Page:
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  1. #1
    Hi, I purchased an R86 stepper motor driver, however on trying to wire in the mains supply I found it had two live inputs but no earth. I am using a 24v power supply and I am now at a loss how to power this stepper driver safely. The little one page manual skips over this part of the wiring.
    Can anyone please help. Thanks

  2. #2
    phill05's Avatar
    Lives in Derbyshire  UK, United Kingdom. Last Activity: 11 Hours Ago Has been a member for 9-10 years. Has a total post count of 287. Received thanks 26 times, giving thanks to others 12 times.
    You would connect earth to a star point on your enclosure

  3. #3
    Are you connecting mains to it or 24V? Am I right to assume 24v AC?

    As people may not know the details of an "R86..." it would help if you could provide details of a link, like this one:


  4. #4
    Thanks. So is it safe just to connect the earth to the metal box the breakout board, power supply and motor drives are housed in.

  5. #5
    This is a bit tricky, as you say the manual is unhelpful.

    Since it can be powered by AC it obviously has a built-in bridge rectifier. Conventionally the negative side of the output of this would be commoned to the metalwork of the box which would be grounded to the rest of the wiring ground. If that were the case, then you would NOT connect either side of the AC supply (from a transformer) to earth because if you did the rectifier diodes would be short circuited across the supply on one half cycle or another and would have a short if merry life! A/k/a a loud brown smell (guess how I know?). If you kept the AC supply isolated there would be no problem.

    With a DC supply, and if one side of the rectifier is connected to the driver case, then it would be OK to connect the same polarity of the supply to the case as the rectifier - one of the rectifier diodes would just not conduct as it would have a short across it.

    So it all hinges on how the internal rectifier is connected. My guess is that it would have its negative output connected to the case. To check you need a DMM with a diode setting in the resistance ranges - both my DMMs have this. Assuming they are typical the positive "V/ohms" input (usually the red socket/lead) should be connected to the case, then look at the reading when you connect the other (common, black) lead to either input. (A) if the meter reads a low value (on mine ~0.6) then the negative side of the bridge is connected. If not try the leads the other way round: (B) if you see a low reading this time it's the positive side. If neither gives a reading then (C) the case is isolated from the electronics.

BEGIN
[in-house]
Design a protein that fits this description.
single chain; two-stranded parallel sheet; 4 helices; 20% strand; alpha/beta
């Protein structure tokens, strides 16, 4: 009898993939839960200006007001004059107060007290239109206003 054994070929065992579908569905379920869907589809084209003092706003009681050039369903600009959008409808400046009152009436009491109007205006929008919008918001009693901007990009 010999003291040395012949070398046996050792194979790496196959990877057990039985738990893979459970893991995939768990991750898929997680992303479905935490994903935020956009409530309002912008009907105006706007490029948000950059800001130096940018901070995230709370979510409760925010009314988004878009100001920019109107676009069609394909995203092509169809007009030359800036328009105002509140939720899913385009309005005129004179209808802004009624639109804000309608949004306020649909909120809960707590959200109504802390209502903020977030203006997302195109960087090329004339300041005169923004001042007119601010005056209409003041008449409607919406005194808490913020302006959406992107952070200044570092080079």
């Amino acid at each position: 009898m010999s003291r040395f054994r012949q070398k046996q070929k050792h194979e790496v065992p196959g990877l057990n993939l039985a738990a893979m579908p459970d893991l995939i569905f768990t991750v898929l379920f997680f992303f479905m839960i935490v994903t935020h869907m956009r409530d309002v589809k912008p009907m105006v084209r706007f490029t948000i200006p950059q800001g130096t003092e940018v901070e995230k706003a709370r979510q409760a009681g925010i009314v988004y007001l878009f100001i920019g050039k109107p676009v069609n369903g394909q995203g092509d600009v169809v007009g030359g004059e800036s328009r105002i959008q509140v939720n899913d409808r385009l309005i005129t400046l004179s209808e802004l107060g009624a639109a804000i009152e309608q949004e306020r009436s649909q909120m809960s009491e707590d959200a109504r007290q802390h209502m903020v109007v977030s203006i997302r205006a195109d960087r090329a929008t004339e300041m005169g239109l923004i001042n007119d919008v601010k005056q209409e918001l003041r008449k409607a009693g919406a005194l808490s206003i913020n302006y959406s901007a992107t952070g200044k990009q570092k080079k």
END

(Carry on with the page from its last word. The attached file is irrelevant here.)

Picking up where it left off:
In cases A and C you can safely connect the case to the system ground. Case B is more difficult - do the measurement and see what you get, let us know and we can think again.

  6. #6
    Thanks, but due to total lack of manufacture information I have returned the unit. Thanks again

  7. #7
    Muzzer's Avatar
    Lives in Lytham St. Annes, United Kingdom. Last Activity: 9 Hours Ago Has been a member for 5-6 years. Has a total post count of 388. Received thanks 50 times, giving thanks to others 9 times.
    Not really sure what the issue was here. The driver is clearly supposed to be supplied by an isolated AC (from transformer) or DC (from a PSU). The motor phase connections and that the output of the AC or DC supply will be floating with respect to ground, so you don't NEED to ground any of it. You CAN ground that circuit if you wish - for instance you might choose to ground the DC- side of the PSU is you went the PSU route. The output (motor phase) connections are not isolated from the AC/DC input to the driver and typical low voltage stepper motors are not designed and constructed to be connected to live mains, so electrical isolation between the mains and the drive voltage is required - this is provided by the transformer / PSU.

    This is normal practice for these low voltage drivers, so there's no obvious need for any information beyond what they've provided. It's really no different from any other low voltage stepper driver other than the fact it will accept either AC or DC on the input.

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